Labour split over capital gains tax

·3-min read
Rachel Reeves at the launch of Labour’s local election campaign in Swindon on Thursday - Stefan Rousseau/Getty Images Europe
Rachel Reeves at the launch of Labour’s local election campaign in Swindon on Thursday - Stefan Rousseau/Getty Images Europe

Labour is facing a split over capital gains tax after Rachel Reeves insisted she had “no plans” to increase the current rate.

Angela Rayner, the Labour deputy leader, last week suggested raising taxes on savings and investments and criticised Rishi Sunak, the Prime Minister, for paying a lower rate than most working people.

But Ms Reeves, Labour’s shadow chancellor, told BBC Radio 4’s Today programme: “Look, we will set out all those plans, but I don’t have any plans to raise capital gains tax.

“There are people who have built up their own businesses, who maybe at retirement want to sell that business. They may not have had huge income through their life if they’ve reinvested in their business, but this is their retirement pot of money.

“And we also have said we want Britain to be the best place to start and grow a business.”

Ms Reeves said the “biggest challenge” facing the economy was low levels of growth, noting that the average French family was around 10 per cent richer than the average British family.

While the shadow chancellor did not categorically rule out a capital gains tax increase, her comments risk angering prominent backbenchers who are calling for one, including John McDonnell, Jeremy Corbyn’s shadow chancellor, and Richard Burgon.

The backbenchers have demanded that the capital gains levy is doubled on most assets to align it with the 40 per cent income tax rate.

Ms Rayner had said a summary of Mr Sunak’s tax return, which showed he earned nearly £5 million in three years but paid an effective rate of just 22 per cent, “reveals a Tory tax system where the PM pays a far lower tax rate than working people”.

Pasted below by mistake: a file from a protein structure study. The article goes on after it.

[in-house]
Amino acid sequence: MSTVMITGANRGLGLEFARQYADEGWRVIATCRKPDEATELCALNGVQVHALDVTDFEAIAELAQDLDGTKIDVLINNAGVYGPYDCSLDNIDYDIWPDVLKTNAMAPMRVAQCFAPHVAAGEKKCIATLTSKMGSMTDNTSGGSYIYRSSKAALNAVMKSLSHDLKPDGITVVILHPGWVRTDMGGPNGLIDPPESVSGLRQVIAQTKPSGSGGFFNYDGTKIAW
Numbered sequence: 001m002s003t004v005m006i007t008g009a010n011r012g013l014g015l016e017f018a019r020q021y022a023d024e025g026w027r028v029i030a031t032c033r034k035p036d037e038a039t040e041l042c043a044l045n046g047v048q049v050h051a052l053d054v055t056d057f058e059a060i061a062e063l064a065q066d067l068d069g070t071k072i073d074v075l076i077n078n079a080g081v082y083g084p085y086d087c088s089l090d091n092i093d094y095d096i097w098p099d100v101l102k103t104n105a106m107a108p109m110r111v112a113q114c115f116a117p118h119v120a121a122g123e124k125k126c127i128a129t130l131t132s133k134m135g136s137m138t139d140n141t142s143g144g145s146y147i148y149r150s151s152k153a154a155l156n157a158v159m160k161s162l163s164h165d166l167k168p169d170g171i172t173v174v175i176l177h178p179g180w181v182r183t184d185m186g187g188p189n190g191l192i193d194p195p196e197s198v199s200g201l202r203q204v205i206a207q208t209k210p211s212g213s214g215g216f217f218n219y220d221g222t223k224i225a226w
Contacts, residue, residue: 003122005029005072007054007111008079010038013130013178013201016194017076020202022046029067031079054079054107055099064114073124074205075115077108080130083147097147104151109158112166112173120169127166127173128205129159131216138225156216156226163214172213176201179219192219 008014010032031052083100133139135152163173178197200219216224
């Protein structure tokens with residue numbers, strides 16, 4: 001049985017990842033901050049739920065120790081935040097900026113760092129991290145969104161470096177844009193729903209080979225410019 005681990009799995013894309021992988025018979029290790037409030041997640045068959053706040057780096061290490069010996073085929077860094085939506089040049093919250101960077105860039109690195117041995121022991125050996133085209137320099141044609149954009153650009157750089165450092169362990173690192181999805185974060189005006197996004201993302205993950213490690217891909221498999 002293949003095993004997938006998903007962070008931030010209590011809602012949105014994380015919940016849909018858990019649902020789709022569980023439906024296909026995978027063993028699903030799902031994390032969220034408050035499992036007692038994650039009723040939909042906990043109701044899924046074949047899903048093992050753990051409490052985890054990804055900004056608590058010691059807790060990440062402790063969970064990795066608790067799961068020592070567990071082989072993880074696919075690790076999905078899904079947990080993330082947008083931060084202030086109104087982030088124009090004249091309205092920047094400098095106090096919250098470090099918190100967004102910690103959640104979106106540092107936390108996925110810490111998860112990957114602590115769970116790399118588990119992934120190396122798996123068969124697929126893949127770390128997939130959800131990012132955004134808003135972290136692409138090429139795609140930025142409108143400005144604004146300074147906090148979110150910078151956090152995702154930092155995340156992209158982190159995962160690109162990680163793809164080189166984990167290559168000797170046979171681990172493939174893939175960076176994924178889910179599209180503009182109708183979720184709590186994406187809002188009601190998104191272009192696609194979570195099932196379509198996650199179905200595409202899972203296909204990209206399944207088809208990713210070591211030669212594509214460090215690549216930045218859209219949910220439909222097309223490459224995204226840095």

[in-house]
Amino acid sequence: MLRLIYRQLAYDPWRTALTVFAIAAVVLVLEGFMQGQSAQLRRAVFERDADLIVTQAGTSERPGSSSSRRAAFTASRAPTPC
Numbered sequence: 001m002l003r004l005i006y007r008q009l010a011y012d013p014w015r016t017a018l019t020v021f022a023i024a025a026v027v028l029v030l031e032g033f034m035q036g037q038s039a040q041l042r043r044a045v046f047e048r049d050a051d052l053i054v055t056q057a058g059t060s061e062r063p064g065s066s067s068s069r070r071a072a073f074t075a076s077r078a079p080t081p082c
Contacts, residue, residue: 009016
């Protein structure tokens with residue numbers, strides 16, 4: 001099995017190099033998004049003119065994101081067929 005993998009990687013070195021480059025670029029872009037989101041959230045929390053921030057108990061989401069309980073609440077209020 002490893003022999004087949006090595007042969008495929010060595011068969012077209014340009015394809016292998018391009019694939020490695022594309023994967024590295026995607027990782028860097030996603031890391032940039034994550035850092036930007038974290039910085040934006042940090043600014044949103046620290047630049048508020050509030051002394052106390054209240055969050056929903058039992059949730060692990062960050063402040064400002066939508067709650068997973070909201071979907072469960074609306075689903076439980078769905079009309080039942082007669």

However, Sir Keir Starmer, the Labour leader, refused to be drawn on his deputy’s remarks and told broadcasters: “In relation to tax, obviously we will set out our position as we go into an election.”

Yvette Cooper, the shadow home secretary, said Ms Rayner was making a “broader” point about taxes under the Conservatives.

A Labour spokesman told The Telegraph last week that the party had “no plans to raise capital gains tax”.

Senior Tories including Lord Hammond, the former chancellor, have warned that a capital gains tax raid would stifle enterprise and prove “catastrophic” for businesses.

On Thursday morning, Sir Keir was joined by Ms Reeves and Ms Rayner as he launched Labour’s local election campaign in Swindon, Wiltshire.

The Labour leader said his party would freeze council tax for a year, funded by an expansion of the windfall levy, if it was in government.

Ms Reeves accused the Conservatives of a “legacy of failure" and said Labour would provide “the change that our country desperately needs”.

“We want to do more to help ordinary families struggling with the cost of living," she said. “And we want to ask more from those who are making huge profits, from the big energy giants making more money than they have ever done before and they’re not paying their fair share of taxes.”